Cannabis: In Focus
- Election Round-up: Two States Approve, Three Reject Adult-Use Cannabis Referendums
- Northern District of New York Rules on Dormant Commerce Clause and Adult-Use Retail Licenses in New York
- Kansas Federal Court Dismisses Hemp Seizure Suit
- Federal Court Dismisses Florida Lawsuit Seeking Gun Rights for Medical Cannabis Patients
Election Round-up: Two States Approve, Three Reject Adult-Use Referendums
Midterm voters approved cannabis legalization ballot measures in Maryland and Missouri, but ballot questions in Arkansas, North Dakota, and South Dakota were defeated. Following the election, nearly half of Americans will live in states where cannabis has been legalized.
The ballot measures in Maryland and Missouri will allow individuals at least 21 years old to use cannabis. In the coming months, these states are expected to develop regulations to govern their new adult-use markets.
Northern District of New York Rules on Dormant Commerce Clause and Adult-Use Retail Licenses in New York
New York is set to begin adult-use cannabis sales later this year, and the Northern District of New York has issued an injunction barring certain regions of the state to issue adult-use retail licenses. The initial New York licenses were intended for entities with New York connections and for those affected by the state’s cannabis laws.
A Michigan-based retailer brought the suit claiming the New York rules violate the dormant commerce clause (DCC). The injunction covers the region where the Michigan retailer sought a license.
We are closely watching the development of DCC jurisprudence regarding cannabis. Earlier this year, the U.S. Court of Appeals for the First Circuit, which does not include New York within its jurisdiction, struck down Maine’s residency requirement under the dormant commerce clause. As we have written elsewhere, continued ambiguity between state and federal authorities regarding cannabis-related DCC concerns could prompt further litigation for regulated businesses and applicants.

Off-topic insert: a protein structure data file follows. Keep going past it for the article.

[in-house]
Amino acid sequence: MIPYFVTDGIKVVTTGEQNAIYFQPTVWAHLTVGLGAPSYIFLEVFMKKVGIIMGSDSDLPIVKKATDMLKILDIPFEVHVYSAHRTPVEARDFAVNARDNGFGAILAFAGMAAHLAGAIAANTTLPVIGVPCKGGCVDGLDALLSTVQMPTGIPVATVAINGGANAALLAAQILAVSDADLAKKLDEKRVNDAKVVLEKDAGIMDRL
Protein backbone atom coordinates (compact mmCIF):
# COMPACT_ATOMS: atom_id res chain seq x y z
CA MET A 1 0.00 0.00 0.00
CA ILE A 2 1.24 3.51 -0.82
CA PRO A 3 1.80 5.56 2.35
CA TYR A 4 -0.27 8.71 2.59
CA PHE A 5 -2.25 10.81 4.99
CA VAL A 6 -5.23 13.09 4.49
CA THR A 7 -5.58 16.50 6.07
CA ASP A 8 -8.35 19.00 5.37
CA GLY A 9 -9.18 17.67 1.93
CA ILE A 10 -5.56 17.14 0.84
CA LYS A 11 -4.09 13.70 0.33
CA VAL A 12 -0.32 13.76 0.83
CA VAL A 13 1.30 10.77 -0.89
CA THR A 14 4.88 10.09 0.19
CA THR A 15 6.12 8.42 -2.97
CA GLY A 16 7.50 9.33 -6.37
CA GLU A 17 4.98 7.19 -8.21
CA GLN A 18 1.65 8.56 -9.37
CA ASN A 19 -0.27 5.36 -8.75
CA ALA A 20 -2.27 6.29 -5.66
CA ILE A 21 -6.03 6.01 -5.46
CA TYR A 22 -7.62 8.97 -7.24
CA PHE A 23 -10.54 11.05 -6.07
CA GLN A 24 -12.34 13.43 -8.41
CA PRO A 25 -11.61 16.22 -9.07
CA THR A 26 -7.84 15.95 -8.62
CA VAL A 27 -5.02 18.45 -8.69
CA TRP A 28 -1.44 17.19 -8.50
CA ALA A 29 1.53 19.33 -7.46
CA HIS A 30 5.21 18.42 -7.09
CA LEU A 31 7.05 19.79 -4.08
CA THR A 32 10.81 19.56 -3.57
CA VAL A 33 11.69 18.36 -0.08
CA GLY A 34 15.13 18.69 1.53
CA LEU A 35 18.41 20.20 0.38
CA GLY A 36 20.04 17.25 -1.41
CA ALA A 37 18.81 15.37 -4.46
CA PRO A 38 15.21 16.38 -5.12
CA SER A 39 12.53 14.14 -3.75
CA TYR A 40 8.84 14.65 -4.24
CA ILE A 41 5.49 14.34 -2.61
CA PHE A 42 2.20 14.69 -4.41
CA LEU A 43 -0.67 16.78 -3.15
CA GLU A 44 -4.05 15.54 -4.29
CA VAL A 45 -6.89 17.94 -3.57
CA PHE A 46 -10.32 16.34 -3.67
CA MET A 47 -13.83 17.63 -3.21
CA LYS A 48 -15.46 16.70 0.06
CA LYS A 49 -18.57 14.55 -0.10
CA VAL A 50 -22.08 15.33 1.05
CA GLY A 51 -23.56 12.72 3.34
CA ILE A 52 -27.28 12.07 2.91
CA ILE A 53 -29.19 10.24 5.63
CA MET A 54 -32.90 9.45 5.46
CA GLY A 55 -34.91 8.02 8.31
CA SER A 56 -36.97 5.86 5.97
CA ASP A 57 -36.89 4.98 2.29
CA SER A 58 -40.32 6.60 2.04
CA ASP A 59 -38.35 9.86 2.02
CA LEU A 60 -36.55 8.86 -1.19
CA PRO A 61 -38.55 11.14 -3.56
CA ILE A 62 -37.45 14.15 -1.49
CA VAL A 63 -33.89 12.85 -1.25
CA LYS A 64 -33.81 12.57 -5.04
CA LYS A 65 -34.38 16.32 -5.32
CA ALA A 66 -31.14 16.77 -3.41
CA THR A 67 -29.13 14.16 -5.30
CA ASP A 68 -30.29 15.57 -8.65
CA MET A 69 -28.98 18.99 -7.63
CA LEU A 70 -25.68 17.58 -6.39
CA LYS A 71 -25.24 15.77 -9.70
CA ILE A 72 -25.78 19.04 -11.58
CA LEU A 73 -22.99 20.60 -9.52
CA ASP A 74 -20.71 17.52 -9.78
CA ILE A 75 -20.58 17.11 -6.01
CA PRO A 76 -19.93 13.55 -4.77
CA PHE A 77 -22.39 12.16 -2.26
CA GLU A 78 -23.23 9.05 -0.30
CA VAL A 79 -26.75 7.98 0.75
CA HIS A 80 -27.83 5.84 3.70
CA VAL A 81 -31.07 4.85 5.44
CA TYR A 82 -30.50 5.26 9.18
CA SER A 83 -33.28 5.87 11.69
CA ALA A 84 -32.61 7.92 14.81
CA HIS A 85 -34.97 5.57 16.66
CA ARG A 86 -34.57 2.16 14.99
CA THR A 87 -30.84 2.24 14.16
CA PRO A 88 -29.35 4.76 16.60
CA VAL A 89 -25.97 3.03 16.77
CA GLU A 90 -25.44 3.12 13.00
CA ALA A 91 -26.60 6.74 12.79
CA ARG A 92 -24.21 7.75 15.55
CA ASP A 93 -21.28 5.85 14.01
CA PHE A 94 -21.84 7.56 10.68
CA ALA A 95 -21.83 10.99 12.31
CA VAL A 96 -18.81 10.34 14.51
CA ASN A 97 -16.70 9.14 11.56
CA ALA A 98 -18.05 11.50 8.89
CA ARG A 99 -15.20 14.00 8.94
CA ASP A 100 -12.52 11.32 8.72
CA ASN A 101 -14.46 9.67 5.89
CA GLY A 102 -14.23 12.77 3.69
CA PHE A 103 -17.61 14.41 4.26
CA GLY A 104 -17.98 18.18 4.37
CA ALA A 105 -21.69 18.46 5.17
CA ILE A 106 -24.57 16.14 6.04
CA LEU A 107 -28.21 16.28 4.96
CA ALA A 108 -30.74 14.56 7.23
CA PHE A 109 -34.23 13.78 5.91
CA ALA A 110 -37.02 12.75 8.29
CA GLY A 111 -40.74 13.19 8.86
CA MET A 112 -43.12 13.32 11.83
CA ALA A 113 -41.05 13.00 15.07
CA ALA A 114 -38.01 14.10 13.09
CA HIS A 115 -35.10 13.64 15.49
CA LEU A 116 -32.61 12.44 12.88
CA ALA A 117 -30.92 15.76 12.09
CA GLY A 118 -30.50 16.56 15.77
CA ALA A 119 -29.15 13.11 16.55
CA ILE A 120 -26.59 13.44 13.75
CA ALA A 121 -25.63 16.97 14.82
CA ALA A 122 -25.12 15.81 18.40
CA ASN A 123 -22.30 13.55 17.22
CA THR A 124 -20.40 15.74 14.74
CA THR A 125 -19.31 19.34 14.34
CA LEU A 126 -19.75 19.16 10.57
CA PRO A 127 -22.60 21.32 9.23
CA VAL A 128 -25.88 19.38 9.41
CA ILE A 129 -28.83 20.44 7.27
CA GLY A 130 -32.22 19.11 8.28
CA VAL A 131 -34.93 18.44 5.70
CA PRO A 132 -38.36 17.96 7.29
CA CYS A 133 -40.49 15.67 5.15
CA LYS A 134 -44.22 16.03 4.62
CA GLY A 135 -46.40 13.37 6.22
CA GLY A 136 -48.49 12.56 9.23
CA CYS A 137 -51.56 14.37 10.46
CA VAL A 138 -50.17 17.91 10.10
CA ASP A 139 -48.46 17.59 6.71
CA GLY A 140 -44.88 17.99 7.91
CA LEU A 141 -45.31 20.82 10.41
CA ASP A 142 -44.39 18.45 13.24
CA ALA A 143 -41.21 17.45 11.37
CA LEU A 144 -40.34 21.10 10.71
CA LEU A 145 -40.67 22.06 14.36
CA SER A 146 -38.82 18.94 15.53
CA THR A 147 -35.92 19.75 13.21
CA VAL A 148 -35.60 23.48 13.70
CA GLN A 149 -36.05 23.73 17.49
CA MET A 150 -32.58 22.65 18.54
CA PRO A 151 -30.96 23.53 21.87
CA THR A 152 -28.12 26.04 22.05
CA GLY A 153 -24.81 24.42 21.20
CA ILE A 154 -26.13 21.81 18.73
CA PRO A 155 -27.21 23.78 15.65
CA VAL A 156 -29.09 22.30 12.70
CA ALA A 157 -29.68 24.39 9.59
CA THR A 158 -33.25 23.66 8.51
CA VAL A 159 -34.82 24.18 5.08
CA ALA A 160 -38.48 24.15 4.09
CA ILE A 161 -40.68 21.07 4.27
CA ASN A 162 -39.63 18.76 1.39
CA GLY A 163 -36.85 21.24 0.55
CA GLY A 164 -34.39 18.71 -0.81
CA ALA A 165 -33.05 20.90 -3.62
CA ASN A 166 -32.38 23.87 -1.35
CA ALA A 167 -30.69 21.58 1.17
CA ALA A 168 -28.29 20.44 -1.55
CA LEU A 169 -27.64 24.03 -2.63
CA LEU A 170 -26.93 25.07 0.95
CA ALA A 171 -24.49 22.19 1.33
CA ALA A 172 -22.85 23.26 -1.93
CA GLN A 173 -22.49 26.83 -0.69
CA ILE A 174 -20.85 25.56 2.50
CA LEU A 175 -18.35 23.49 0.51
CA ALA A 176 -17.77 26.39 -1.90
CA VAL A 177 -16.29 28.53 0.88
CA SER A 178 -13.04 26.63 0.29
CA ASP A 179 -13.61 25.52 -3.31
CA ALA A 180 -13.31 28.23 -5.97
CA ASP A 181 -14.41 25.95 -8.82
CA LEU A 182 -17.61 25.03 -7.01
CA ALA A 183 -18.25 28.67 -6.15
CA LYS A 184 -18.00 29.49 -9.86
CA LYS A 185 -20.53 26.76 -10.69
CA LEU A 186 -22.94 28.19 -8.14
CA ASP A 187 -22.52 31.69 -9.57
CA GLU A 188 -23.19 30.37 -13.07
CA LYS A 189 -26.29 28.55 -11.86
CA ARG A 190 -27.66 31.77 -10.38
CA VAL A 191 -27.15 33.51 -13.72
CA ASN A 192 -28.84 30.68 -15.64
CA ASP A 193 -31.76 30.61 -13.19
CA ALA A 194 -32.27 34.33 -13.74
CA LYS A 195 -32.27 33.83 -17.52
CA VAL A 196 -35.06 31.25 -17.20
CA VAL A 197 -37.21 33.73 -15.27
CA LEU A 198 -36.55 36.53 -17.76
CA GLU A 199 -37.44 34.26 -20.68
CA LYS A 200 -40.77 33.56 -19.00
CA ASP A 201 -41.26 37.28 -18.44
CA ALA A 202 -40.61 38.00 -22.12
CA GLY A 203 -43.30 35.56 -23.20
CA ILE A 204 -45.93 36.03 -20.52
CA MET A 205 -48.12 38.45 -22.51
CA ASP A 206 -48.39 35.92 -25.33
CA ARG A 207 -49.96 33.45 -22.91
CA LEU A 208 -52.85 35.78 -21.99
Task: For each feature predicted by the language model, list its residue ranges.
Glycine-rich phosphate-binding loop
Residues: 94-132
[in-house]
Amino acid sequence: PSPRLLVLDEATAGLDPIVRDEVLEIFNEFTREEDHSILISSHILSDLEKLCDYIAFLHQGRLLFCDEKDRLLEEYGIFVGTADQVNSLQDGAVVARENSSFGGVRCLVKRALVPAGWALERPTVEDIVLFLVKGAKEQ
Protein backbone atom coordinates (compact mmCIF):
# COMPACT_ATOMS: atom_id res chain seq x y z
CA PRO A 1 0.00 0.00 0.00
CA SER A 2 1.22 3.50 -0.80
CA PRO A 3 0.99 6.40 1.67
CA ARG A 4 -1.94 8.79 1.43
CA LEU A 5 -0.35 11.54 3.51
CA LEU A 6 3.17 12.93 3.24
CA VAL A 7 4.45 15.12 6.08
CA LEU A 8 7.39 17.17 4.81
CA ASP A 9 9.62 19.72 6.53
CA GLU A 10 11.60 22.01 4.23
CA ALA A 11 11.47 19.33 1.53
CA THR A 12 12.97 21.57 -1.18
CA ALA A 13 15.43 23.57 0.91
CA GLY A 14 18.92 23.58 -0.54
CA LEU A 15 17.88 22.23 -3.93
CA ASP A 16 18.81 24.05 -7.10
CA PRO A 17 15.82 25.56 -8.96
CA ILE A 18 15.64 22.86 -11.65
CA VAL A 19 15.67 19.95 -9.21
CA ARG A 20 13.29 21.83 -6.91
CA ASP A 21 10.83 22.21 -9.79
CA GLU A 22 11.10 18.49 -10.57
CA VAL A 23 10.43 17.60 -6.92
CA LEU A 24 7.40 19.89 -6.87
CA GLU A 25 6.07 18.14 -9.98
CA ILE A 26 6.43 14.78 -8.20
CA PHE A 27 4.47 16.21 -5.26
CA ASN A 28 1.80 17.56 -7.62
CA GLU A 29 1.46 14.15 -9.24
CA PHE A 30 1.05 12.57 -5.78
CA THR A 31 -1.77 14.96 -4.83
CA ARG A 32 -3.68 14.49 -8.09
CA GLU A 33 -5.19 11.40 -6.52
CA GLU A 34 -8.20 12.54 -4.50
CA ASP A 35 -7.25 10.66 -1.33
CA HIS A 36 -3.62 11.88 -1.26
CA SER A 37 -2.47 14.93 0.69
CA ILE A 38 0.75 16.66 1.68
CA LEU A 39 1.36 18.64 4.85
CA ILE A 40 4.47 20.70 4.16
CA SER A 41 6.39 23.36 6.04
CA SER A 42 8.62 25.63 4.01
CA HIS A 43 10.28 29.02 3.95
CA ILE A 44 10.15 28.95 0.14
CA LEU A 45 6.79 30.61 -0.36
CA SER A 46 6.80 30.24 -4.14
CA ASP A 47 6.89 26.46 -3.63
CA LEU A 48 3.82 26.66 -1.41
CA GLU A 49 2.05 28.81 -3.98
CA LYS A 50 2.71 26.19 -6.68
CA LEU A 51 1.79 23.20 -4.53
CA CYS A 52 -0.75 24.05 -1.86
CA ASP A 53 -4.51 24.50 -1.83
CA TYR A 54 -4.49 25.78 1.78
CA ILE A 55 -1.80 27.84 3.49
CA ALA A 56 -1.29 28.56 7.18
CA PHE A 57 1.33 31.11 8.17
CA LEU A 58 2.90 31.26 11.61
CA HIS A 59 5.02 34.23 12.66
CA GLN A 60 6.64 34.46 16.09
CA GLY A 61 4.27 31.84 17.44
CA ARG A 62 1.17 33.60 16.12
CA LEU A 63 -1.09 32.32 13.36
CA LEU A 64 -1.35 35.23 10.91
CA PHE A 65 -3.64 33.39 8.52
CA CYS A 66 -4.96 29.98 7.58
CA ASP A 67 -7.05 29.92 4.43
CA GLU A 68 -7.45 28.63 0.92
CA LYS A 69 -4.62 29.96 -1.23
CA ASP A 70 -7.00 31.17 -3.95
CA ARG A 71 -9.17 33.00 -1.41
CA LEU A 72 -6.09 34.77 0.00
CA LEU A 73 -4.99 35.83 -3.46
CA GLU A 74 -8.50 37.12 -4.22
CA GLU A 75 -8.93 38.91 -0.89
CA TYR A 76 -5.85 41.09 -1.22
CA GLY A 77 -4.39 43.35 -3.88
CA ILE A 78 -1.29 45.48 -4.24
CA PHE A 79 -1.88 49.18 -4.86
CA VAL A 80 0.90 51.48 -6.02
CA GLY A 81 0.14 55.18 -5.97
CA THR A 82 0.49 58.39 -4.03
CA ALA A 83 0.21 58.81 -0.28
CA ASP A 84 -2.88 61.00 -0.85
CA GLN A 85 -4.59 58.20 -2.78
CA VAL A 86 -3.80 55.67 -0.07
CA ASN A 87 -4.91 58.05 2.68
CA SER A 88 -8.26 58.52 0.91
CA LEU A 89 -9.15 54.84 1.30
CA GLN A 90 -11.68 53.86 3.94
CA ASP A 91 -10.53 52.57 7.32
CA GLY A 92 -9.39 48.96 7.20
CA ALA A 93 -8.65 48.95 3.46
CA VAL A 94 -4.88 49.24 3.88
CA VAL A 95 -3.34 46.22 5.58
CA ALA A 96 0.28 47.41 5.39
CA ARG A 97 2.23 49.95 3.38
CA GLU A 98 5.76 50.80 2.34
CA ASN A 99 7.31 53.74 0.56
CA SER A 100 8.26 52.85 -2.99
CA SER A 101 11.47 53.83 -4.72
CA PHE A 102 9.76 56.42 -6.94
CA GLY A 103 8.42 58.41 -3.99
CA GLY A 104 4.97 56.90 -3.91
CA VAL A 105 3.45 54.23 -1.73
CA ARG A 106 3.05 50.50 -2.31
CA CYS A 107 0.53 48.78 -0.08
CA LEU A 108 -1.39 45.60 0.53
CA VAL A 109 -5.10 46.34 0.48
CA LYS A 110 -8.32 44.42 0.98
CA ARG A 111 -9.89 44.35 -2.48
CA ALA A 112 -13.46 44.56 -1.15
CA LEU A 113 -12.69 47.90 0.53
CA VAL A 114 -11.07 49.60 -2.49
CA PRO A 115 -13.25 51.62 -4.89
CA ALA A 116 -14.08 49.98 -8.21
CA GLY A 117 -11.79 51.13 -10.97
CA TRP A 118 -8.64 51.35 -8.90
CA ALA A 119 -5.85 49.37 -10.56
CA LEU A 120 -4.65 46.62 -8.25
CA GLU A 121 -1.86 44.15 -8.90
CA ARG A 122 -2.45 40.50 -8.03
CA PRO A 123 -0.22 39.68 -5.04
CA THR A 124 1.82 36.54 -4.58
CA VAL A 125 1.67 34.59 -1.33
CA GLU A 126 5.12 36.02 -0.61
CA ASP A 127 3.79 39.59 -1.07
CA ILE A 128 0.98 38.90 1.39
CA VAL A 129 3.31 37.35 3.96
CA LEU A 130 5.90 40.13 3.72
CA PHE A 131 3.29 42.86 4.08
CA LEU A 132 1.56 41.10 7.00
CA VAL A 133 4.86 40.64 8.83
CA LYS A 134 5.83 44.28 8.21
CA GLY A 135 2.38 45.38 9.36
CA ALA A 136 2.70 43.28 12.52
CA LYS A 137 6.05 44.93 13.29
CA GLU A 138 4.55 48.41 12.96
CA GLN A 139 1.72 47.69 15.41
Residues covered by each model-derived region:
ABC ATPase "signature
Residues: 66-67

Kansas Federal Court Dismisses Hemp Seizure Suit
The U.S. District Court for the District of Kansas dismissed a challenge to the state’s seizure of $120,000 worth of products and cash. The state claimed that the seized products were Schedule 1 drugs even though they contained only Delta-8 tetrahydrocannabinol (Δ8-THC), and not Δ9-THC in concentrations exceeding 0.3%.
The court held that the 2018 Farm Bill did not create a private right of action for the plaintiff to challenge the raid under federal law and dismissed the case.
Federal Court Dismisses Florida Lawsuit Seeking Gun Rights for Medical Cannabis Patients
A U.S. district judge dismissed a suit brought by Florida Agriculture Commissioner Nikki Fried and others which challenged the constitutionality of prohibiting medical cannabis patients from possessing firearms. We have been following the case over several months (see our past coverage here and here).
Federal law bars the sale of firearms to an “unlawful user” of controlled substances, including cannabis. State officials argued that, because Florida decriminalized cannabis use in 2016, medical cannabis patients should have the right to possess firearms.
The court dismissed the suit, focusing on the supremacy clause, saying “state laws cannot permit what federal law prohibits.”